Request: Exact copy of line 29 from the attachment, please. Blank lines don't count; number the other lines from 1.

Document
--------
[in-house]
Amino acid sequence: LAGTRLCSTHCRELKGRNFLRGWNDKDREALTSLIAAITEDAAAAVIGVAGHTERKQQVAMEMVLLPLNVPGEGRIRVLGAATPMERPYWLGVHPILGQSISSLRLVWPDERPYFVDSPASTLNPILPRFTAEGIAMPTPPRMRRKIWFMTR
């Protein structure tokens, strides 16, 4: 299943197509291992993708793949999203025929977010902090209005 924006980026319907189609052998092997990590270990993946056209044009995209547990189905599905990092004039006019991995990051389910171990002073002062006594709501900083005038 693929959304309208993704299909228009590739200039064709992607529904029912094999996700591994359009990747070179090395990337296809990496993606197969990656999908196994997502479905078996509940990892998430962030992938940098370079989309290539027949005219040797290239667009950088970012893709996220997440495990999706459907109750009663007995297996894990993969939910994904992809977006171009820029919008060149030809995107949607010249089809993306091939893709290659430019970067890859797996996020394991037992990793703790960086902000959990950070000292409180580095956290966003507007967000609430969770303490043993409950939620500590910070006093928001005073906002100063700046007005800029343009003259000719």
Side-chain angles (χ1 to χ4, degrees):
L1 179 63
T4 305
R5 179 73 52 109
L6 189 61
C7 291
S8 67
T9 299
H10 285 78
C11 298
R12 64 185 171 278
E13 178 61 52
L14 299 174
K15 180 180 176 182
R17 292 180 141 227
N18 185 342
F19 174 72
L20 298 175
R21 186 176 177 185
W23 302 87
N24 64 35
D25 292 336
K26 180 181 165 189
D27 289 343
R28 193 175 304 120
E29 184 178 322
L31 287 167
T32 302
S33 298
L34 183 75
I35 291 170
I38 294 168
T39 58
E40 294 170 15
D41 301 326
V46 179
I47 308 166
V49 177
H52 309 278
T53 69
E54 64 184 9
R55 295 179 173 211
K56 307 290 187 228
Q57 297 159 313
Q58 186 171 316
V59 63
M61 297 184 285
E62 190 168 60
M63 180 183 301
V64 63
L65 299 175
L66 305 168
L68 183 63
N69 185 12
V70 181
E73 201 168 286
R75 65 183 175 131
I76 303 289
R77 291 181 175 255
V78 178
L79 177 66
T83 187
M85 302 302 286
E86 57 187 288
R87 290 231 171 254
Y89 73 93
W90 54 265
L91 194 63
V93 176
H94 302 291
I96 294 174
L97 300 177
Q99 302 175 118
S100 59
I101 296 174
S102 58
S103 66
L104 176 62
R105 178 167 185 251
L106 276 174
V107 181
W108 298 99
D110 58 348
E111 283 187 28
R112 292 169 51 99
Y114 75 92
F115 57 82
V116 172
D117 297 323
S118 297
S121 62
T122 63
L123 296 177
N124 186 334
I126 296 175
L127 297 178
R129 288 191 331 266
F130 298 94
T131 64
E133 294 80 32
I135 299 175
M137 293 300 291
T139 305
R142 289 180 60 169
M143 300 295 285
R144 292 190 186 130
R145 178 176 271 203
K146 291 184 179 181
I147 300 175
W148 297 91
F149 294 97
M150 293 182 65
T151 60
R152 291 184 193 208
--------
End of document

E29 184 178 322